There’s a reason Hot Rods To Hell chose to turn this ’70 Charger into a Superbird, and it has nothing to do with imposing looks and everything to do with function. In full NASCAR trim, the Superbird was by far the slipperiest muscle car to ever grace an oval with the best air control, so when a customer proclaimed his desire to obliterate the Unlimited Class record at the Silver State Classic in vintage American iron, it was the logical choice.
To be fair, this is no replica. Working with aerodynamic specialists at renowned Swift Engineering, all of the body alterations, including cutting the car down the middle and removing a few inches of width, were all designed with the expressed purpose of bringing the coefficient of drag as low as possible. To date, preliminary CFD testing has shown Hells’ Charger has a CD of .189. Original Daytonas clock in around .290 and even the famously slick GM EV1 only mustered .195. With the projected 870-plus horsepower, at 5,500 feet the potential top speed was shown to be 349 mph. Records will be falling indeed. Incidentally, we were offered a ride. Should we?
Engine: 1,100hp (sea level) 488ci Ray Barton Pro-Stock second-gen Hemi
Rearend: Speedway Engineering
Suspension: Hot Rods To Hell truck arm rear
Brakes: Alcon six-piston calipers on carbon rotors
Wheels & Tires: 15x10 Aero with Goodyear Cup Car tires
This may be the most radical take on the humble little Chevy II we’ve seen to date—yet somehow it still retains the classic look. Phil and Jeremy Gerber’s extensively modified and transformed ’67 has more extreme custom metalwork going on than we can possibly describe here, but we’ll give it a go.
While it’s not immediately obvious, the side of the II has been reshaped to eliminate the original molding that ran through the center of the car; the lower section of the fenders, doors, and quarters were also resculpted to create a ’69 Camaro-esque body line extending off the wheel arches.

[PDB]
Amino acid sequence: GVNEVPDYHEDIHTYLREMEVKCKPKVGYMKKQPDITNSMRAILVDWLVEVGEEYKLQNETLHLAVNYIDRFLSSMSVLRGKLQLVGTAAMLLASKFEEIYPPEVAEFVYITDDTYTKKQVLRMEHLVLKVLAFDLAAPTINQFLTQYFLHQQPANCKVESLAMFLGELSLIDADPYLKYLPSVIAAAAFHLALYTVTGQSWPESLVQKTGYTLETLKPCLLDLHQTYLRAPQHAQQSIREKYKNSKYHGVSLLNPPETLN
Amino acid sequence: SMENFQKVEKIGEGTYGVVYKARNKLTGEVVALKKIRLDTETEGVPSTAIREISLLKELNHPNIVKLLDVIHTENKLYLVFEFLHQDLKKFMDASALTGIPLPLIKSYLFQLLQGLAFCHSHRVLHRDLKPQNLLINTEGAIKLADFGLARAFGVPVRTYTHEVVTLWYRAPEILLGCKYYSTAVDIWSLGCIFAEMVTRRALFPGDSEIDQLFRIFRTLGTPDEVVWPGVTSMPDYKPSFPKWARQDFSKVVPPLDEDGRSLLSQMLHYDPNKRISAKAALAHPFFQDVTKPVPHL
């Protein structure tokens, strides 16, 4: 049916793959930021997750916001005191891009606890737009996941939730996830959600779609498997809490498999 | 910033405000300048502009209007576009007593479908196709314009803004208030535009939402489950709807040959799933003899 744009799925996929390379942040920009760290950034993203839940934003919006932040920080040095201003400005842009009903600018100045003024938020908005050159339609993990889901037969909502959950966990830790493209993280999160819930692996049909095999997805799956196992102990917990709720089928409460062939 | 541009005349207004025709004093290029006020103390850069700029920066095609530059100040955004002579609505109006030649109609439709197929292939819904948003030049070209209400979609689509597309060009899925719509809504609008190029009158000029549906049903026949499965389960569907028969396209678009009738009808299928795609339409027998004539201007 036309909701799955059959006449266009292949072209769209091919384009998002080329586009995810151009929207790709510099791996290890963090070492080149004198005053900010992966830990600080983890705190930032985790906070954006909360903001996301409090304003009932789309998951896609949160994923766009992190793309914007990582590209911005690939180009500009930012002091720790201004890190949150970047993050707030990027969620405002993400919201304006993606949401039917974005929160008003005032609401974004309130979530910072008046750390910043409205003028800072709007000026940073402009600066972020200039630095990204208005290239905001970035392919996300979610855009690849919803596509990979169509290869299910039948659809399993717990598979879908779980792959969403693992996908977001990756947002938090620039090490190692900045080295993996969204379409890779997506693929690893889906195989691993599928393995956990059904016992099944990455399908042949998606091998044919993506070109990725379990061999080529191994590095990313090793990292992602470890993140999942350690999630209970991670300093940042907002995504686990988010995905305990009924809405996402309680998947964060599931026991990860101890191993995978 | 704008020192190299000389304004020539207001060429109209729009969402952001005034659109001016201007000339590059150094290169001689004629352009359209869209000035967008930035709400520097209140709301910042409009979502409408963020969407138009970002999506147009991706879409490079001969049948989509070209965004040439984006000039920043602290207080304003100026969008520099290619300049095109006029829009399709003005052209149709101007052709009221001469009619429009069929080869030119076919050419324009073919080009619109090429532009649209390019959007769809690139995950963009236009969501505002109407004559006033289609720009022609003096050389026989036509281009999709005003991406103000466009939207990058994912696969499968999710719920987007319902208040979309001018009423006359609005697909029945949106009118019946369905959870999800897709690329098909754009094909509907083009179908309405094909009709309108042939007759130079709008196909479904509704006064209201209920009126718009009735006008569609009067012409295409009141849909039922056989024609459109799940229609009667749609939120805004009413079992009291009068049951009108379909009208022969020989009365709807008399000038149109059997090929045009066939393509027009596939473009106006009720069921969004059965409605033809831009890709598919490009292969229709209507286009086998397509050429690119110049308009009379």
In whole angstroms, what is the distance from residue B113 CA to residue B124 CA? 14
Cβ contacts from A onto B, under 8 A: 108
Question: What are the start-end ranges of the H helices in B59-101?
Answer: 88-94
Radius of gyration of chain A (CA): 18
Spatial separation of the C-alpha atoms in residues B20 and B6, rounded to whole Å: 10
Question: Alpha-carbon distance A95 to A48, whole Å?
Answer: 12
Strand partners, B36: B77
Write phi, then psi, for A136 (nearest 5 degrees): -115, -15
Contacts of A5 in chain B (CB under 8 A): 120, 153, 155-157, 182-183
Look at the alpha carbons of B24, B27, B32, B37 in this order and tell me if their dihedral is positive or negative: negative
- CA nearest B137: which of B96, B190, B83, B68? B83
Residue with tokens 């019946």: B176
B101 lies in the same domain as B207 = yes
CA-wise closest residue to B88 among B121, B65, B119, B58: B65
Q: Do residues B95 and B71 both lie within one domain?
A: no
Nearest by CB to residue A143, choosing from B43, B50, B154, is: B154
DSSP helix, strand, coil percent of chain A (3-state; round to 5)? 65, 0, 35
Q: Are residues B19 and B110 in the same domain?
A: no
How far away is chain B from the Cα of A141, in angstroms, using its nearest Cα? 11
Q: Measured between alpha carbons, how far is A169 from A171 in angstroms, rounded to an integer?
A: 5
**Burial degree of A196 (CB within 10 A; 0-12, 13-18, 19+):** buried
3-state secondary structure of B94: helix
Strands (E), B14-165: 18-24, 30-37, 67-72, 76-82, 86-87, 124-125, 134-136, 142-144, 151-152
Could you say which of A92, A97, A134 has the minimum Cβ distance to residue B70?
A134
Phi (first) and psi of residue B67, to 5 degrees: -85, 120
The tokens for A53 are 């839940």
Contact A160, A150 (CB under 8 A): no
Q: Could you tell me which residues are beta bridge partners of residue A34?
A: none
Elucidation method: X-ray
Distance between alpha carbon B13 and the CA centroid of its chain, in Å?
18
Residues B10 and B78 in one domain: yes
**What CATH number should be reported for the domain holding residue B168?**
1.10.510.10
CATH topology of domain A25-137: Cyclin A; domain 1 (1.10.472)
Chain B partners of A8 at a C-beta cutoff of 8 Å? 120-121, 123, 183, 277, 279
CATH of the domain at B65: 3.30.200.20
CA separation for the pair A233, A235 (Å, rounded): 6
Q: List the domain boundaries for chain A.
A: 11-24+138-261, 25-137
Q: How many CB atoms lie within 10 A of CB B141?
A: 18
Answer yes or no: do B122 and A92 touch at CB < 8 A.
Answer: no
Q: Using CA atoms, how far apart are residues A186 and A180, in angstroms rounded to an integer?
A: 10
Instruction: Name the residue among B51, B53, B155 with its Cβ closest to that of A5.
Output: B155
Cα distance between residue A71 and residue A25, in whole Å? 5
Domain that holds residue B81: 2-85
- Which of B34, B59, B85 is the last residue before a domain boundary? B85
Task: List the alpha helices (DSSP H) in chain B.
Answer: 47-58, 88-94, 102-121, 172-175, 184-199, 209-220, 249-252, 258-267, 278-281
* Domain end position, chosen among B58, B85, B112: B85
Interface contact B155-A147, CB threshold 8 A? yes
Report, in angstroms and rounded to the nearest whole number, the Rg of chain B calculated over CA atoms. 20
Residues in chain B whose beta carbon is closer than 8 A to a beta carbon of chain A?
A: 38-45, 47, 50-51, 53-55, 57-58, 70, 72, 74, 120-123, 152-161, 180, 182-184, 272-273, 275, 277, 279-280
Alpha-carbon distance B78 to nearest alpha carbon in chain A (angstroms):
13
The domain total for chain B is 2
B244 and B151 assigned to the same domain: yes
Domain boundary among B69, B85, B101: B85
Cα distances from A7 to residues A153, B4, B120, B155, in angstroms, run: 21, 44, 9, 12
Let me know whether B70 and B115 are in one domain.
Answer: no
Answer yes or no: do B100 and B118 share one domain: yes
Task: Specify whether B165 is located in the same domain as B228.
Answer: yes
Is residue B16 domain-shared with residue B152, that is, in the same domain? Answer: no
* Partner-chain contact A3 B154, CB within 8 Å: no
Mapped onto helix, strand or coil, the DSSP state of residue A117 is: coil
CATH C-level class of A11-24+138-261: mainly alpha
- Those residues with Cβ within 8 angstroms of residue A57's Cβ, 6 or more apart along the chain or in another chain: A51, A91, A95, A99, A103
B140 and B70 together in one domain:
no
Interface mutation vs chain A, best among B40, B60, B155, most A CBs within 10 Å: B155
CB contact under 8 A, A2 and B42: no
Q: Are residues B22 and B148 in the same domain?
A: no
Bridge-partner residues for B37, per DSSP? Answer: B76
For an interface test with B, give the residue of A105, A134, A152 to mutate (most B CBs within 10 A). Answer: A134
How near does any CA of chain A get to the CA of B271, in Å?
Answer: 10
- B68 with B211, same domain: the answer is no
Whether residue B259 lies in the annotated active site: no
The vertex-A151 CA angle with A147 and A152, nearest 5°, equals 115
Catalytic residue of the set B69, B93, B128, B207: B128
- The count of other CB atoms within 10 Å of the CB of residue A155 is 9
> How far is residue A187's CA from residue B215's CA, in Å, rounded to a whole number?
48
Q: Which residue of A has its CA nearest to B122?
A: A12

The top is also chopped ¾ inch at the front to level the roofline, and the driprails were sliced off. That radically louvered hood actually funnels air into airboxes at the rear corners, and ducting brings the fresh air through the inner fenders to the throttle body. The front is full custom with handbuilt bumpers, a lower spoiler/splitter, rocker moldings, and one-off billet headlights and taillights by Greening Auto Company. There are also a bellypan, an air diffuser, and a custom trunk in the rear. That’s just a taste—we didn’t even get into the hand-fabbed interior!
Rearend: Ford 9-inch floater with 3.90 gears and Detroit TrueTrac diff
Suspension: Roadster Shop Fast Track chassis with Fast Track IFS and a custom three-link rear with Watts link
Brakes: Baer 14-inch front and 13-inch rear
Wheels & Tires: yet to be determined 18x10 and 20x12 one-off wheels with 275/30R18 and 335/30R20 Michelin PS2
Trend: Class meets performance
Paul Gilliam grew up around circle-track racing with his father in the ’50s and early ’60s before joining the Navy. The inspiration for this car, however, came from a ’53 Stude he saw at the Daytona flying mile race on the sands of the beach in the mid ’50s that stuck in his mind. Paul prefers his cars to be high-class drivers, so rather than a racer powered by a race-prepped Caddy V-8 with a crank-driven Potvin blower like the Daytona car, this Stude will run an easier-to-cruise (and likely much more powerful) GMPP 502.